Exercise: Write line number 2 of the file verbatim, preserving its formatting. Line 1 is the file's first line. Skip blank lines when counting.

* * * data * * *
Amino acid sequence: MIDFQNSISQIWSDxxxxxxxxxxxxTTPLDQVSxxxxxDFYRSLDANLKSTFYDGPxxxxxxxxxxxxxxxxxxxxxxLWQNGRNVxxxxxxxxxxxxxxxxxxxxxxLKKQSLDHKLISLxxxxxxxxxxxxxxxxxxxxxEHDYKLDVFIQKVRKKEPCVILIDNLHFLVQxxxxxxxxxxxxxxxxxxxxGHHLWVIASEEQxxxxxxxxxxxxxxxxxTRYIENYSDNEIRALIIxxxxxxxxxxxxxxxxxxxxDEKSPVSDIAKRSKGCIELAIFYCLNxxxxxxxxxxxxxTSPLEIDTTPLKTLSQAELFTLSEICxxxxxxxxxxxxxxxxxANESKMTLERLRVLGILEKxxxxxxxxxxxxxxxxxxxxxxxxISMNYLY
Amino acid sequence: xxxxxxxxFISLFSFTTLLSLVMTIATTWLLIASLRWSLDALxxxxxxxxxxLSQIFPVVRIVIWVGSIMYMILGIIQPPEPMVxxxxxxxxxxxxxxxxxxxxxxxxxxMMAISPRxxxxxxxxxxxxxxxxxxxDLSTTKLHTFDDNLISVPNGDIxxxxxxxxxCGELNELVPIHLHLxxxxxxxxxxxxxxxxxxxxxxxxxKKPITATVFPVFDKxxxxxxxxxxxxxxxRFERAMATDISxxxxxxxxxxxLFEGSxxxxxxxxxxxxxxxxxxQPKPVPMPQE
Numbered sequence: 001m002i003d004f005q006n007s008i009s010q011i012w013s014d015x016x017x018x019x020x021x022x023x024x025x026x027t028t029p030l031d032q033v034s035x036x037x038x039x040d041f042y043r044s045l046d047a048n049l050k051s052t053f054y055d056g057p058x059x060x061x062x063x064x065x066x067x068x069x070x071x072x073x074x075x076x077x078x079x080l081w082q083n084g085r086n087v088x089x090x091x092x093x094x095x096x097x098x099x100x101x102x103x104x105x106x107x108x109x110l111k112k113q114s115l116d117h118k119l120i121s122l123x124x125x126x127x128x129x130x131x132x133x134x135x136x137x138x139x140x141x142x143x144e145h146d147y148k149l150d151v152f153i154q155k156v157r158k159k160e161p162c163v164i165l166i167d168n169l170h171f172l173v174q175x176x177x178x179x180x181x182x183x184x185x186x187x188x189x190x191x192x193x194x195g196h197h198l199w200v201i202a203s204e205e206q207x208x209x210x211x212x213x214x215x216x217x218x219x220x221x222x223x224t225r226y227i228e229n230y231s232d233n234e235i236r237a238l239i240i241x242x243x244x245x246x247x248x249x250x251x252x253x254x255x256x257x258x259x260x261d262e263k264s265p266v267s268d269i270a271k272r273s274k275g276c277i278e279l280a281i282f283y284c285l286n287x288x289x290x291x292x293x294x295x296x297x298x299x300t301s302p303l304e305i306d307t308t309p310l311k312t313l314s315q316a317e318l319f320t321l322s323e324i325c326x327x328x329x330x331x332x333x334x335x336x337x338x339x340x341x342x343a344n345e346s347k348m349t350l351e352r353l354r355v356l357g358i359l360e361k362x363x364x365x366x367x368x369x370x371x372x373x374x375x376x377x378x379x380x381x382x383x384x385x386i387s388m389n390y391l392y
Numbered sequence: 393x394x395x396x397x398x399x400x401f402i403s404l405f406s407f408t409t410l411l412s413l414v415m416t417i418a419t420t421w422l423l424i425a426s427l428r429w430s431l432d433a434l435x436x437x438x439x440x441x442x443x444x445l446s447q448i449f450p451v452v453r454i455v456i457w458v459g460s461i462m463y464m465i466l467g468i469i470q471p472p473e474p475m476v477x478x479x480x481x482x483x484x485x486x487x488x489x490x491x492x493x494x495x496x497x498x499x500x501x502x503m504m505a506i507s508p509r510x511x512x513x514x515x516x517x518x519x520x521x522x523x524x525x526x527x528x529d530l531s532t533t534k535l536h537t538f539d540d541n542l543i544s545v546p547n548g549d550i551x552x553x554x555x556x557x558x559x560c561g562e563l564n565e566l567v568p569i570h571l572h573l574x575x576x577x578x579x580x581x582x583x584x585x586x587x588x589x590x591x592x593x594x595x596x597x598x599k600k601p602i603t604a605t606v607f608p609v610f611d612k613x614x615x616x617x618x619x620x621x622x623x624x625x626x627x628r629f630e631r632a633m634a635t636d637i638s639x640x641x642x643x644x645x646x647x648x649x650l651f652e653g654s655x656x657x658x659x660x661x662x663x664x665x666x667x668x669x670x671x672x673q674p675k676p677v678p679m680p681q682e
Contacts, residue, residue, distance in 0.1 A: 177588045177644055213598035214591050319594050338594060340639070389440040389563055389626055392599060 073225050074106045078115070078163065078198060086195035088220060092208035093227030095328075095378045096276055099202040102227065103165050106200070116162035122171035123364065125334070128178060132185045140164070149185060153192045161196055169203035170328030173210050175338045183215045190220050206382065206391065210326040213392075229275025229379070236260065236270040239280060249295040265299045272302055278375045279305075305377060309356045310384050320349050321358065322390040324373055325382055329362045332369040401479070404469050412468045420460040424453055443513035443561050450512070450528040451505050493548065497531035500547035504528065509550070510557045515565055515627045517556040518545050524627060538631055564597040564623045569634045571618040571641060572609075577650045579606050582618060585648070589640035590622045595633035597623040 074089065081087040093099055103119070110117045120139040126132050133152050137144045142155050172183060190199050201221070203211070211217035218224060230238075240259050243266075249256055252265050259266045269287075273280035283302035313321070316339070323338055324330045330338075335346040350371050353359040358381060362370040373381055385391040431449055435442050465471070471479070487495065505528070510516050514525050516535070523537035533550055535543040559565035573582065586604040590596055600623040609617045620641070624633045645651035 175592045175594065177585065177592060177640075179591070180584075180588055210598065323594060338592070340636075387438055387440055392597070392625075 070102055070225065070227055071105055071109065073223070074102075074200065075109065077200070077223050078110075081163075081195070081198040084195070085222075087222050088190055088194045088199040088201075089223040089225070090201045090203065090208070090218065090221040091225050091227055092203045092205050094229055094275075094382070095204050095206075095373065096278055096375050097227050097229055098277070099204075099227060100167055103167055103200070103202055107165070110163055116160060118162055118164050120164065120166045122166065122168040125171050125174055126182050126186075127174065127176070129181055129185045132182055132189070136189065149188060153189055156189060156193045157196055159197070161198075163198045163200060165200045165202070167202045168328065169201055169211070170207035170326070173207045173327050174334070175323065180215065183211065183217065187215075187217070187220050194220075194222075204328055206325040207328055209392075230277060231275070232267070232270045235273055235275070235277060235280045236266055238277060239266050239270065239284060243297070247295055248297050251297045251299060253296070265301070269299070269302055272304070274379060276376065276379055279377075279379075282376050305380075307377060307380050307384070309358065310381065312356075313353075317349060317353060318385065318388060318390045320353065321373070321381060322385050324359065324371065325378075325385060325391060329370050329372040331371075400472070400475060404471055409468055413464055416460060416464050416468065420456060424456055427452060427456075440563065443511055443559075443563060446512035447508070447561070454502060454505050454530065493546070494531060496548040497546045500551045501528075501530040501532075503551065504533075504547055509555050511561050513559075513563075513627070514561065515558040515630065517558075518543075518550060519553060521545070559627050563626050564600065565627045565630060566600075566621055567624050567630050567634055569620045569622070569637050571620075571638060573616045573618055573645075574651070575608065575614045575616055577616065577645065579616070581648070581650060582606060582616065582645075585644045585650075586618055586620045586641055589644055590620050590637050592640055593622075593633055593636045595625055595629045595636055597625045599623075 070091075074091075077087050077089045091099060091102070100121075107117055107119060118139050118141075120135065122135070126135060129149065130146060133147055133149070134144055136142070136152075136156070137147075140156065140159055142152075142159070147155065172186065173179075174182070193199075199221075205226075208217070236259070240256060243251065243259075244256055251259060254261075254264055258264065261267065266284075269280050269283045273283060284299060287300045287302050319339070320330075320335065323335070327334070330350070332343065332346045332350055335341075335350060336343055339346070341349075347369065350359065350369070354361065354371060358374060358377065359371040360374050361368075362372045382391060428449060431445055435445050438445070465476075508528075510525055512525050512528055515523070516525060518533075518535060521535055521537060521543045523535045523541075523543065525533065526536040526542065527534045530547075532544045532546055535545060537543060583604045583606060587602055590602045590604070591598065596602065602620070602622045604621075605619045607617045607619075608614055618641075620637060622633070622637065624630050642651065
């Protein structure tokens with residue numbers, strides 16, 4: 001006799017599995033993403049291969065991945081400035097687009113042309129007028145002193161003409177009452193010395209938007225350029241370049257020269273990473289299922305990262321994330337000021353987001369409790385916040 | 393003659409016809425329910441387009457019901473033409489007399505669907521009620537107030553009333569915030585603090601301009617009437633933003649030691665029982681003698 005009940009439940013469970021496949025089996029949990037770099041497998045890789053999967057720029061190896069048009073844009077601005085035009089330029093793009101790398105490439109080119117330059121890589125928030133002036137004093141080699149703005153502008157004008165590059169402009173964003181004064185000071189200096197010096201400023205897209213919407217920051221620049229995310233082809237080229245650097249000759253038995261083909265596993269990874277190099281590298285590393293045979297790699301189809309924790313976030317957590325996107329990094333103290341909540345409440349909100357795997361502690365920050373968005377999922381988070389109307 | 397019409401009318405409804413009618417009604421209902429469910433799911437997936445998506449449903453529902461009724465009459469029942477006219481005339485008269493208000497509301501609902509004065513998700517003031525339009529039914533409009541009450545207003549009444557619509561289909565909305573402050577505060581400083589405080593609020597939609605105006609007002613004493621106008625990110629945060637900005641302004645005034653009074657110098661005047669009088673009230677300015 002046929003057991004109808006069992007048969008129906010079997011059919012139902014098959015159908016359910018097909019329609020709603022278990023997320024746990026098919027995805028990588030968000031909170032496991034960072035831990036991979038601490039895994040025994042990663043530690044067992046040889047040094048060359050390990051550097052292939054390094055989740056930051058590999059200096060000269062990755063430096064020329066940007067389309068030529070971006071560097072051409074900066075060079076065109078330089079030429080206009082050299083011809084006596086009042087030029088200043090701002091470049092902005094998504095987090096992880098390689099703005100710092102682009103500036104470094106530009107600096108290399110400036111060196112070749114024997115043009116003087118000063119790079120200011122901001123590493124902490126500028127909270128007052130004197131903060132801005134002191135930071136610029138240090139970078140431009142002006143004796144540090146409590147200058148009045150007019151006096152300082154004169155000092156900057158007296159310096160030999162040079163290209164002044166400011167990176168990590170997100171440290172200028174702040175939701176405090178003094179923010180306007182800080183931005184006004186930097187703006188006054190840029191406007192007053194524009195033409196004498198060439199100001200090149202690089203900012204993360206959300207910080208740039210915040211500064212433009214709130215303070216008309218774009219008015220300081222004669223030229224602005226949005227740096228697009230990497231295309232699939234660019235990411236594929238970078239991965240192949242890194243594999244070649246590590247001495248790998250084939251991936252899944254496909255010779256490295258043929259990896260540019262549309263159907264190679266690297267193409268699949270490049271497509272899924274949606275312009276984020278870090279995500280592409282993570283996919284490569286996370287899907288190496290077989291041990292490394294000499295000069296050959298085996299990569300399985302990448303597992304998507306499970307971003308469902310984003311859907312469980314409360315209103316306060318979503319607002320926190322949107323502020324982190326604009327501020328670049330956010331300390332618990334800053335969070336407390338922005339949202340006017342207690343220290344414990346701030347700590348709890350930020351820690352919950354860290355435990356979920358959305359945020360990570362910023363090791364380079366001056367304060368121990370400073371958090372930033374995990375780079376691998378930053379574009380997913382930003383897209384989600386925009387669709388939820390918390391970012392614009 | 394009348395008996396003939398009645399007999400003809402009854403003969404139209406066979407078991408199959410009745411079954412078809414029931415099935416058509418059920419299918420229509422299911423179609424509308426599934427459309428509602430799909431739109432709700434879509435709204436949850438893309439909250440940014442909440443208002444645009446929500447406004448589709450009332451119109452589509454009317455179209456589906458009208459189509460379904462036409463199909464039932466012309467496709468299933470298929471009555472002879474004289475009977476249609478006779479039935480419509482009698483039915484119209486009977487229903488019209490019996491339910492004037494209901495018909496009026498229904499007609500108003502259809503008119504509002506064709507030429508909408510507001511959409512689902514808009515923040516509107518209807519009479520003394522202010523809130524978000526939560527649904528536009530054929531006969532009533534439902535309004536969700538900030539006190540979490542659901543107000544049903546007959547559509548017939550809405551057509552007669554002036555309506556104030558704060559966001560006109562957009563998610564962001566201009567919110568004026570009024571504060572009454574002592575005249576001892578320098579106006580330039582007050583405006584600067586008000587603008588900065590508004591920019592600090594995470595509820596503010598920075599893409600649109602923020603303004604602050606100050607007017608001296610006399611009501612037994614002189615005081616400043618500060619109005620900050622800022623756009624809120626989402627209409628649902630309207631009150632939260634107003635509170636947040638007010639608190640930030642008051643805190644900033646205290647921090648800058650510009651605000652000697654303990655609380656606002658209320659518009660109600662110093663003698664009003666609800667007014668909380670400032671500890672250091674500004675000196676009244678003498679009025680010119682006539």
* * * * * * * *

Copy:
Amino acid sequence: xxxxxxxxFISLFSFTTLLSLVMTIATTWLLIASLRWSLDALxxxxxxxxxxLSQIFPVVRIVIWVGSIMYMILGIIQPPEPMVxxxxxxxxxxxxxxxxxxxxxxxxxxMMAISPRxxxxxxxxxxxxxxxxxxxDLSTTKLHTFDDNLISVPNGDIxxxxxxxxxCGELNELVPIHLHLxxxxxxxxxxxxxxxxxxxxxxxxxKKPITATVFPVFDKxxxxxxxxxxxxxxxRFERAMATDISxxxxxxxxxxxLFEGSxxxxxxxxxxxxxxxxxxQPKPVPMPQE